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Building your credit score in Canada and why it is important

Written by Rand Rubaye

Sponsored by CIBC

Personal finance is one of the most important topics you’ll want to understand as a newcomer to Canada. Adapting to a new currency, understanding sales taxes, and getting to know names of different type of transactions (i.e. “Do you want to pay debit or credit?”) can feel overwhelming. Thankfully, you’re not on your own. We’ve teamed up with CIBC to put together guides like this one to help you learn about banking and finances in your new home.

If you didn’t know already, building your credit history is crucial for your future financial success. Your journey to establishing your credit score and building a credit history starts with applying for your first credit card, ideally it should be as soon as you land in Canada.


Below are some tips and guides to help you better understand how the Canadian credit system works.

What is a credit score?

Whenever you borrow money from a bank, a credit bureau receives specific information about you. Additional details, including whether you’ve made on-time payments, if you’ve missed payments, and the total amount of debt you have outstanding, will be shared with the credit bureau over time. These elements are then used to calculate your credit score, which is a three-digit figure on your credit rating report that shows lenders how likely you are to repay a loan.

Generally speaking, credit scores tend to fall under these categories:

Lowest credit score: 300

Good credit score: 660-750

Highest credit score: 900

If you haven’t opened a credit card or line of credit in Canada yet, or if you’re looking for a credit card that is more rewarding, the CIBC Dividend Platinum® Visa* Card is a simple way for you to build your credit and earn cash back on your everyday spending, in-person and online.. And if you ever have questions or need guidance, simply book a meeting with a helpful advisor at your nearest CIBC Banking Centre. They can give you expert advice on accounts, loans, and they could even get the highest limit on your credit card✦ (potentially up to $10,000) to help you start establishing your credit in Canada.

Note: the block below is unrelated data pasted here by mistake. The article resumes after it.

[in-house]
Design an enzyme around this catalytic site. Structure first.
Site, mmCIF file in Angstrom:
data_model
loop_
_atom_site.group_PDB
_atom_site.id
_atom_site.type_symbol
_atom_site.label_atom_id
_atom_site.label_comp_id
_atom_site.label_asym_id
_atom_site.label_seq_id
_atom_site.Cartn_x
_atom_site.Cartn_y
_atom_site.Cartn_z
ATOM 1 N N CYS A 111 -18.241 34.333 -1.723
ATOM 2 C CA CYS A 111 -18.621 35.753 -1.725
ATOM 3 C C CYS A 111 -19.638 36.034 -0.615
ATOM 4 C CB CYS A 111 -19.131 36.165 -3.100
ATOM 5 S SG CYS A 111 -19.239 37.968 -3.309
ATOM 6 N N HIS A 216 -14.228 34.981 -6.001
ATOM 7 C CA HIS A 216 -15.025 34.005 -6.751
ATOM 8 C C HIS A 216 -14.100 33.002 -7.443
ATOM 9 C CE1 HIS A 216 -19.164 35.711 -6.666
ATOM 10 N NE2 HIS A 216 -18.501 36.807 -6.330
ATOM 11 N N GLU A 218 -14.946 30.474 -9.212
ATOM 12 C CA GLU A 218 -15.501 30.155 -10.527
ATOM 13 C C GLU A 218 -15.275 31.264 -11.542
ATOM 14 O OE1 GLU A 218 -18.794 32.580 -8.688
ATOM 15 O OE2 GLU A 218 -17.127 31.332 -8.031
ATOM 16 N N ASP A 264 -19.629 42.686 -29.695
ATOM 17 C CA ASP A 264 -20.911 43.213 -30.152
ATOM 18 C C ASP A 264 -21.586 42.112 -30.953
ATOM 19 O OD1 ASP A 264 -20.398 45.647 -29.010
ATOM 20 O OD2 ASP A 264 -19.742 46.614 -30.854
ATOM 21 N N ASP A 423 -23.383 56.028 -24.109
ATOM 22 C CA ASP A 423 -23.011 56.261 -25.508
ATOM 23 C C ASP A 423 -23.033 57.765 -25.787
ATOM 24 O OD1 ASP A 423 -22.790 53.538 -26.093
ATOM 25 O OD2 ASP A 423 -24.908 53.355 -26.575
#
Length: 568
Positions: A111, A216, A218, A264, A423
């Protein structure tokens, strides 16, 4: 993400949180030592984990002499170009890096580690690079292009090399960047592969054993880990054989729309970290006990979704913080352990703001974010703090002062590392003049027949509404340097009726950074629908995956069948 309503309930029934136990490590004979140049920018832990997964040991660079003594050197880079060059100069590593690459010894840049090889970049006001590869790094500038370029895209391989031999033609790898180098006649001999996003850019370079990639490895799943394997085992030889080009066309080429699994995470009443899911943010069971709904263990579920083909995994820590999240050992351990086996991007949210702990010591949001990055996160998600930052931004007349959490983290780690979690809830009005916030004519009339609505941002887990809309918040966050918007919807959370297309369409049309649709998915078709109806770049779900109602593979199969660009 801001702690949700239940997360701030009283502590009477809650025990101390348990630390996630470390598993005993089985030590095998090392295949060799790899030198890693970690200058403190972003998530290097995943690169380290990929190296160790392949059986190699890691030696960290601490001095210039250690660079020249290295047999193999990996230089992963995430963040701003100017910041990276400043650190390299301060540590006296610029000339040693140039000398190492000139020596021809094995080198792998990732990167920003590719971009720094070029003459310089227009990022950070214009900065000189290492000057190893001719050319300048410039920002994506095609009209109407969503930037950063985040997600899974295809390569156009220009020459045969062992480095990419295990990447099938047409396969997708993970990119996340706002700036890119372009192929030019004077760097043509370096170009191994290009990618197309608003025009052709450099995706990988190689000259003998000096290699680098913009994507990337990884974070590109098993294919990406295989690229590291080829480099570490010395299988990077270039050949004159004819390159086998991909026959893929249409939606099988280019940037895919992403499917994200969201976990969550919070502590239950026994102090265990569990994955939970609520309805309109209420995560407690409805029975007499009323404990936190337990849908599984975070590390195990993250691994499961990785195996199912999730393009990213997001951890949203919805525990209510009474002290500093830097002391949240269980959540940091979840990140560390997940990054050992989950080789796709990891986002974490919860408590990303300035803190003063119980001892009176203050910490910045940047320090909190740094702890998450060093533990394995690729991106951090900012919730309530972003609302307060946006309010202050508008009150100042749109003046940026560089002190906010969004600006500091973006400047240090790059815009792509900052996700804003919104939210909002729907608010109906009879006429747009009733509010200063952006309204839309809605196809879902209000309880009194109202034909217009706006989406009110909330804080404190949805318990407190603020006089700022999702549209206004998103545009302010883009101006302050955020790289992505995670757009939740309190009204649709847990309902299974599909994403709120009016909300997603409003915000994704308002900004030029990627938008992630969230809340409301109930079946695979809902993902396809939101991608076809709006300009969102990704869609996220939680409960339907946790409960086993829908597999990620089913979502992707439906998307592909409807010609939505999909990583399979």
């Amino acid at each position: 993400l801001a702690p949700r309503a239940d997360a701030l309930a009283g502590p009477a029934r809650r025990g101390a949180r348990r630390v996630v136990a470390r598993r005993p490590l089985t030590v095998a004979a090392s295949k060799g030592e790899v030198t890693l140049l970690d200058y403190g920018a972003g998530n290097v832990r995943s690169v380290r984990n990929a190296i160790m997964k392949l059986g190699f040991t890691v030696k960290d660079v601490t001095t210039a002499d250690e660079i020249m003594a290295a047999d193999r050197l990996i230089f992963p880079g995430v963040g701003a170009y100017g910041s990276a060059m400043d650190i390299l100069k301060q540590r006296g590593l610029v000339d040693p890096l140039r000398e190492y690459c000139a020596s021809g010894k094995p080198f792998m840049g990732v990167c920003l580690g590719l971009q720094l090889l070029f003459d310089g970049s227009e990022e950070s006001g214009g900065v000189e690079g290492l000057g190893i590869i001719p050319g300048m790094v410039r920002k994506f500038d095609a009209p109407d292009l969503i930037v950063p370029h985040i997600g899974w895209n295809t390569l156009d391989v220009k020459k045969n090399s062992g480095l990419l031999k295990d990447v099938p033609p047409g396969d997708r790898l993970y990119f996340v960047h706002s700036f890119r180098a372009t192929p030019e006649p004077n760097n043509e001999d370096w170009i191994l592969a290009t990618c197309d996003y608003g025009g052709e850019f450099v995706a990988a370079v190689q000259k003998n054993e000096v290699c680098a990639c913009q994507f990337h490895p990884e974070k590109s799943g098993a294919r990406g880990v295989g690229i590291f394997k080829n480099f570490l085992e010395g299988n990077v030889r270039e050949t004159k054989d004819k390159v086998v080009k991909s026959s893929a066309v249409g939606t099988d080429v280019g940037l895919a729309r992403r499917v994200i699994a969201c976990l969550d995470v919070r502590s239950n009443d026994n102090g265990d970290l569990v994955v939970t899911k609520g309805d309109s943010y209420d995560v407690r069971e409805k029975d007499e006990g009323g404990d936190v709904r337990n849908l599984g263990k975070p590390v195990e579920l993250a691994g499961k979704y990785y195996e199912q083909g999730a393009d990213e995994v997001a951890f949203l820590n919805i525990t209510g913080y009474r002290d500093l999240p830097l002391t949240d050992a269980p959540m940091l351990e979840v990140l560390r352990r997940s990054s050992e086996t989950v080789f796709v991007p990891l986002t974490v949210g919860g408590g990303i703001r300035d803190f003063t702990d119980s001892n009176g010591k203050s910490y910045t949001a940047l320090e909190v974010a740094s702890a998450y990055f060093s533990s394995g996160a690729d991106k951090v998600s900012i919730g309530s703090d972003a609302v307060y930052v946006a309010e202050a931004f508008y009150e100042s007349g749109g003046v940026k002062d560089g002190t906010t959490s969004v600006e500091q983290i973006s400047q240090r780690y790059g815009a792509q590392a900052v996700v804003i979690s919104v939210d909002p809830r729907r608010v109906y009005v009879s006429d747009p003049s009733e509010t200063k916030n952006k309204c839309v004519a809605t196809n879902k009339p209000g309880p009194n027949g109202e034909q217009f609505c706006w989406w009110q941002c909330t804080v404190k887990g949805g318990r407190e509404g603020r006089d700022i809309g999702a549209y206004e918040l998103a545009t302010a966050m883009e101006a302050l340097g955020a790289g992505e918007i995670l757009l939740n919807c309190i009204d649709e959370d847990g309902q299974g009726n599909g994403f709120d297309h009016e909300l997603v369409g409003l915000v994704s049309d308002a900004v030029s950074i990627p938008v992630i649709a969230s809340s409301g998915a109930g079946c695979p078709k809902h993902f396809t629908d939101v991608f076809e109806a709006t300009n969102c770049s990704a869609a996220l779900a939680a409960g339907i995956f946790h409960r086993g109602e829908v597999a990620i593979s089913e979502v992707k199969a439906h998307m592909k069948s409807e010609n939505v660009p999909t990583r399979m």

Why do you need to have a good credit score in Canada?

In Canada, major purchases often involve getting a loan from a bank. The “lenders” want to know how you have previously handled credit in order to predict how likely you are to pay it back in the future. Whether you’re looking to rent a home, buy a home, purchase a car, open a business and even in some cases, to get a job, your credit score may be looked at and assessed 

Not having a credit score could mean that if you find yourself in a competitive situation to buy or rent a home, you might not be able to secure it. That’s why it’s important to start establishing and building your credit score and history as soon as possible when you arrive in Canada.

How do I achieve a good credit score?

Your score is calculated based on a number of factors, but here are some tips to help you build towards good credit.

1. Pay On Time
Always ensure that you are paying off your balance on time. Each lender tells you how much you have to pay back, and a due date for your payment. If you cannot pay the full amount, make sure to at least pay the minimum amount provided to you by your bank. And never miss a payment even if the bill is in dispute. 

2. Stay within your credit limit